3 (53m 50s):
It’s a cool cause I’ve gotten to be the fly on the wall as she’s picked everyone’s brain and the mastermind over the past several years, as we, as you fine tune the program because the program is where it is today running, it’s just such an amazing program because of the way you picked everybody’s brain. It’s like, how are you learning? How are you learning this way? Like you study the, how people learned the material because of your dedication to making sure that the parents could learn this stuff so that we can help the kids. So we will just be the fly. So it was fun. It was fun. Now it’s a lot of work, but it was, it’s crazy to see just the progression of where it is now.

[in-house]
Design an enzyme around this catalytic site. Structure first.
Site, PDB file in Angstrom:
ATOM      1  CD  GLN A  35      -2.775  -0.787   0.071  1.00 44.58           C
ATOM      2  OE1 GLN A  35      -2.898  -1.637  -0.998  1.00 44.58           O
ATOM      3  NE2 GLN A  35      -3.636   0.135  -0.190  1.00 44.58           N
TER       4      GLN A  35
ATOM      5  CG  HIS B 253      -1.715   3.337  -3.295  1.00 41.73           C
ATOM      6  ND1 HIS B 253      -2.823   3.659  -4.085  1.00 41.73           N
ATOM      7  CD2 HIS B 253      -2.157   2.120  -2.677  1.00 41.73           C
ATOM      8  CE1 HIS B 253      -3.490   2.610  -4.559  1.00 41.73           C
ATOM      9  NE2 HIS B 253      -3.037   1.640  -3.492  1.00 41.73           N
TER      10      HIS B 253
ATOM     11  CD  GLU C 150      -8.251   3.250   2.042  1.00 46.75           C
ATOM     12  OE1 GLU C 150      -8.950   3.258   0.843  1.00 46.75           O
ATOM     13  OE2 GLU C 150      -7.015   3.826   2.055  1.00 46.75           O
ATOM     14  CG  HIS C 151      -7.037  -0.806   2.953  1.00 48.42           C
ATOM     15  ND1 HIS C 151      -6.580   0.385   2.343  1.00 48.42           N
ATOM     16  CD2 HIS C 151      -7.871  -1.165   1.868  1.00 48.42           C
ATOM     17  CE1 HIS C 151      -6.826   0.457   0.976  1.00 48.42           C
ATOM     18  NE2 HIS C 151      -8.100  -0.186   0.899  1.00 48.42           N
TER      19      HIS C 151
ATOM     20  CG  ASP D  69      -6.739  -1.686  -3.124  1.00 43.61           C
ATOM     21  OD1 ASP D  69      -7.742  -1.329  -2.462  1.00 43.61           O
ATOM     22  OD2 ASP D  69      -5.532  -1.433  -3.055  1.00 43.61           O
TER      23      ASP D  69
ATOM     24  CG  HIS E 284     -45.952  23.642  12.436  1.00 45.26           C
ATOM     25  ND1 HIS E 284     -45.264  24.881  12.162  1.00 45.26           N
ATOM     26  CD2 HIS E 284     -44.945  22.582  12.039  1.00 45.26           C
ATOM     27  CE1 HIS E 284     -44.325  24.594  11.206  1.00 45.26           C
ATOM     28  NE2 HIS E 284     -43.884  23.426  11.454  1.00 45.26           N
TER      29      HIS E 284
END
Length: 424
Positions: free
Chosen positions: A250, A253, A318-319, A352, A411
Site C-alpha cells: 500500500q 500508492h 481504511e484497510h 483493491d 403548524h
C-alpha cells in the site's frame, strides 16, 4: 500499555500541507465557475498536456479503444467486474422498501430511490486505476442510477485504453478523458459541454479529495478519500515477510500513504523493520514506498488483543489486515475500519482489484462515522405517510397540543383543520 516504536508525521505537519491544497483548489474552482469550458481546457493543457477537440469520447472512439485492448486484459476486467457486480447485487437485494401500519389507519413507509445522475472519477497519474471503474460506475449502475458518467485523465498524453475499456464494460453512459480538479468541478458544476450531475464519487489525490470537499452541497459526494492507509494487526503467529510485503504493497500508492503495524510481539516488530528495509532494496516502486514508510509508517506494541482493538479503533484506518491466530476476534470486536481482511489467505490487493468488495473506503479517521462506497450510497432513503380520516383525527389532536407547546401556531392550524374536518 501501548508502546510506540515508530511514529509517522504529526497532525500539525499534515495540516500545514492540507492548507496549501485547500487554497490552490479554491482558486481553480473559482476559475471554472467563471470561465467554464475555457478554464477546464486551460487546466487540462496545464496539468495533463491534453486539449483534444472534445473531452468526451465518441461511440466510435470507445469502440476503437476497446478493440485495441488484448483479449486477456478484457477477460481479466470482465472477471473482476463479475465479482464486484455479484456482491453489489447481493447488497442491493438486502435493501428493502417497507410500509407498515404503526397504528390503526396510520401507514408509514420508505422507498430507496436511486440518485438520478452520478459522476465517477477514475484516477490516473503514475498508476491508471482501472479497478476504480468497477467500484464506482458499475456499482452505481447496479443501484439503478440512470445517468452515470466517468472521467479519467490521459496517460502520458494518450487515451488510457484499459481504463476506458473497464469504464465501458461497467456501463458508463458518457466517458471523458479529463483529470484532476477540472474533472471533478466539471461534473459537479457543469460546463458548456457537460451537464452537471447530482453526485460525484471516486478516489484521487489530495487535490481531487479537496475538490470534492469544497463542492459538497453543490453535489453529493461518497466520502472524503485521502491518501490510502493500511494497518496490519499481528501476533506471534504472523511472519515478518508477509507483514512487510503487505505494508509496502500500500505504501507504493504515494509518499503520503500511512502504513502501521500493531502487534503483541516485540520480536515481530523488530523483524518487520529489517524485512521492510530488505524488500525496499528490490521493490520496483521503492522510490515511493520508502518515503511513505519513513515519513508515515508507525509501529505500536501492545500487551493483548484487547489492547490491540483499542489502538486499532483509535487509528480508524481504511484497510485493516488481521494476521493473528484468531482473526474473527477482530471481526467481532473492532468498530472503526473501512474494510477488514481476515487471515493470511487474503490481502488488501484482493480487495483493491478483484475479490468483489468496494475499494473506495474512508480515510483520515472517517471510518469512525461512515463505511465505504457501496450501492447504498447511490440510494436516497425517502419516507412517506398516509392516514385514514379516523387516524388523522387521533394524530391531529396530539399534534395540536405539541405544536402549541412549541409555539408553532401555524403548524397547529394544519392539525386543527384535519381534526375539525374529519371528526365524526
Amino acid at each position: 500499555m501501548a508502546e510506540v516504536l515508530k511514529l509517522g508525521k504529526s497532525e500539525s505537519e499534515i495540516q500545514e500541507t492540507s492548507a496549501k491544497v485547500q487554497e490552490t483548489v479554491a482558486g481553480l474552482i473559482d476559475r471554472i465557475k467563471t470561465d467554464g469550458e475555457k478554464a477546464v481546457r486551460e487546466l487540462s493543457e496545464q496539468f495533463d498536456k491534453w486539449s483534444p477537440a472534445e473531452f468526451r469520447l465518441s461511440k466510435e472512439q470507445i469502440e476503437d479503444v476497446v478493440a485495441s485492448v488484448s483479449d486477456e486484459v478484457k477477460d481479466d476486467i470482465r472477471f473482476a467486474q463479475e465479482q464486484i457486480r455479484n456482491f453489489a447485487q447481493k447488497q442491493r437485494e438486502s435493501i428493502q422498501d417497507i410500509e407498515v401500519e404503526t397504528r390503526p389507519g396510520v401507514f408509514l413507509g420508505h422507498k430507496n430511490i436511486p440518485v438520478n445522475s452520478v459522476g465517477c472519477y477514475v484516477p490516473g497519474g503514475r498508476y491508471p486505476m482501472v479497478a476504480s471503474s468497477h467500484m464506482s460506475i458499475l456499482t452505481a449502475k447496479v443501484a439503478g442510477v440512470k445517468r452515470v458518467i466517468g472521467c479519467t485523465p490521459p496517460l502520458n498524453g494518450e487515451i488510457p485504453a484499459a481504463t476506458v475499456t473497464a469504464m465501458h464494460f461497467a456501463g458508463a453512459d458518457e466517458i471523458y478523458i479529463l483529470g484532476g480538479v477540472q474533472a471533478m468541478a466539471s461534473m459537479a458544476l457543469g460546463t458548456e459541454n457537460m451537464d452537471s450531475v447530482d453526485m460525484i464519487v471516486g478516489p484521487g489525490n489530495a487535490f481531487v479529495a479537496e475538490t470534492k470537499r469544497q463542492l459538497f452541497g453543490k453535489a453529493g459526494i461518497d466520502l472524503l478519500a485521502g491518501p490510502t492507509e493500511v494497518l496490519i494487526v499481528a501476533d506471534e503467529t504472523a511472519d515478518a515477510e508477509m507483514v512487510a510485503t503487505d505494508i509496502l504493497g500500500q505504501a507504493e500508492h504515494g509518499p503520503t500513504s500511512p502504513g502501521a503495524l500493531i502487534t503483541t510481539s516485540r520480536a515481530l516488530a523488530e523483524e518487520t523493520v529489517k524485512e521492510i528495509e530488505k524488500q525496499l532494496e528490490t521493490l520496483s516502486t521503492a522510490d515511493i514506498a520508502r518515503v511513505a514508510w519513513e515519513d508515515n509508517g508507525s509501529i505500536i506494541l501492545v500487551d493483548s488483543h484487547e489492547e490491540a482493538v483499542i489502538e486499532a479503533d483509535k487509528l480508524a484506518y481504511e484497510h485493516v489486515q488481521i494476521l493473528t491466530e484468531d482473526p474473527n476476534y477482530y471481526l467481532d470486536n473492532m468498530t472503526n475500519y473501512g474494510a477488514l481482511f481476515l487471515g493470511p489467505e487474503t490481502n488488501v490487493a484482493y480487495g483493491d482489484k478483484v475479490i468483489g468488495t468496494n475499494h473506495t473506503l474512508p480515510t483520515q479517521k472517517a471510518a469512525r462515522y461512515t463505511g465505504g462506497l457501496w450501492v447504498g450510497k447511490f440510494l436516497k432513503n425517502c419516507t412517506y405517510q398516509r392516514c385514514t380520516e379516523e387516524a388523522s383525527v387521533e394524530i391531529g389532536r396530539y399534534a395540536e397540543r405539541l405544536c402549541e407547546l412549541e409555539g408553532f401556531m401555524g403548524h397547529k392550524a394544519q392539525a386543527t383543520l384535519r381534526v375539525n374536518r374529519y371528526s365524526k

3 (54m 32s):
1 (54m 33s):
Well, I don’t think it would be where it is now if I didn’t have, I mean, really I say it because I have a Lindsey, I mean, I needed somebody as committed as men, as Lindsey would say, we are committed to the mission. I needed some because there was a, it was lonely a long, a lot of the time. And I was working round the clock to try and figure things out. That really weren’t my zone of genius. Like, you know, some of the, like how people effectively learn and laying things out systematically, that is not my natural skillset. And so, and so I was exhausted, my brain hurt. And, and so having somebody else right here by my side, who’s as dedicated to the mission, as well as moms like you Sarah who, or like, you know, child development specialists, right?
1 (55m 25s):